Executive Briefings

Doubt Cast on Amazon's Ability to Move Into Distribution of Electrical Components

Brad Van De Sompele, president at Frontier Electric Supply in Bensenville, Ill., is one long-time member of the National Association of electrical Distributors who's not afraid of Amazon's advances into the electrical industry.

"It may sound funny to some people, but Amazon really just doesn't scare us very much," says Van De Sompele, whose firm doesn't operate in the commodity-driven world of contractor sales. "[AmazonSupply] could be a force on the commodity side, but I highly doubt it will have much success in our OEM world, where our customers still have a daily desire for engineering and technical support that is one phone call or email away."

Of course, Van De Sompele has been in the electrical industry long enough to realize that a company like Amazon will quickly wise up to the fact that it needs a technical support staff in order to attract and retain customers that want that "something extra" from their distributors. "I'm not naïve to believe Amazon won't dump a bunch of money and hire a bunch of engineers, but will it bring on product-specific experts that can come out to your location on Thursday? I don't think so," Van De Sompele states. "We're constantly getting calls from customers who need someone onsite within 24-48 hours to handle a problem. I really doubt that Amazon is going to be able to fulfill that kind of request."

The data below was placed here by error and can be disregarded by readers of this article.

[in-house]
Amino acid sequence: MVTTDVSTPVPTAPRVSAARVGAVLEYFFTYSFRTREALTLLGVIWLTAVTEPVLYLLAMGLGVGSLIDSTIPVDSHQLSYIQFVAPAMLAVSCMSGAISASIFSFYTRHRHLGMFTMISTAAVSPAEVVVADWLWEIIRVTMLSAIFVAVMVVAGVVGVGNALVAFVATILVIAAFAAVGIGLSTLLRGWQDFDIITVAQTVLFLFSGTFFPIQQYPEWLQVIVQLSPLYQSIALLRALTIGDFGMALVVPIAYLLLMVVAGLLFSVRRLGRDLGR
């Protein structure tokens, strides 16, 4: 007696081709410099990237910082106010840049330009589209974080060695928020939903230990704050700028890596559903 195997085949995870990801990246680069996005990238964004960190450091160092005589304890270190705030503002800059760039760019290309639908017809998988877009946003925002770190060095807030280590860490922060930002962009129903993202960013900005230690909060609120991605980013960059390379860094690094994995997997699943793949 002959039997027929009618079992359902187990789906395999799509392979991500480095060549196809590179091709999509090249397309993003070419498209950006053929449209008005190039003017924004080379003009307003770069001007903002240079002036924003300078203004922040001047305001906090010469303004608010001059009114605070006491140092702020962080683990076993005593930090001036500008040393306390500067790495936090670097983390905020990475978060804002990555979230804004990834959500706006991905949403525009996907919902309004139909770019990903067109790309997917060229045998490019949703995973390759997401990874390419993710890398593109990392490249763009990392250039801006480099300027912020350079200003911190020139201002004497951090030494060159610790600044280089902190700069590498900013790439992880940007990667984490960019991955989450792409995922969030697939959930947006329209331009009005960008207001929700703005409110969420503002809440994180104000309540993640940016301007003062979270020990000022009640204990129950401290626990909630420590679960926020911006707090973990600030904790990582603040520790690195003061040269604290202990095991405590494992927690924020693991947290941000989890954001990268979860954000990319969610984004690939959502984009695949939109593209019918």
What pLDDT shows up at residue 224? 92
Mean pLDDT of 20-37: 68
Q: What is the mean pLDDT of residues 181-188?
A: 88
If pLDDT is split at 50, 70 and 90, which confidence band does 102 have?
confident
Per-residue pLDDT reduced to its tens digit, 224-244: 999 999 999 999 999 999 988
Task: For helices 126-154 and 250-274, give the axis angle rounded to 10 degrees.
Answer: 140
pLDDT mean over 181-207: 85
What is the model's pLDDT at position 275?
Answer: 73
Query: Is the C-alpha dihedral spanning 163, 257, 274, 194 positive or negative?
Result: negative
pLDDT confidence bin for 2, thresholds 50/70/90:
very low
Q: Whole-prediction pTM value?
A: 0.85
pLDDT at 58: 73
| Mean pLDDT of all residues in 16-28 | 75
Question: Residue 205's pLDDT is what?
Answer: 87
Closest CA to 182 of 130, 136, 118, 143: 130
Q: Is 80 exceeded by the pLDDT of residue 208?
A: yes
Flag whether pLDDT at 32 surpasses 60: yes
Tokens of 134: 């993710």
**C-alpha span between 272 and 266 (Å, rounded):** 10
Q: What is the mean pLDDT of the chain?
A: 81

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"It may sound funny to some people, but Amazon really just doesn't scare us very much," says Van De Sompele, whose firm doesn't operate in the commodity-driven world of contractor sales. "[AmazonSupply] could be a force on the commodity side, but I highly doubt it will have much success in our OEM world, where our customers still have a daily desire for engineering and technical support that is one phone call or email away."

Of course, Van De Sompele has been in the electrical industry long enough to realize that a company like Amazon will quickly wise up to the fact that it needs a technical support staff in order to attract and retain customers that want that "something extra" from their distributors. "I'm not naïve to believe Amazon won't dump a bunch of money and hire a bunch of engineers, but will it bring on product-specific experts that can come out to your location on Thursday? I don't think so," Van De Sompele states. "We're constantly getting calls from customers who need someone onsite within 24-48 hours to handle a problem. I really doubt that Amazon is going to be able to fulfill that kind of request."

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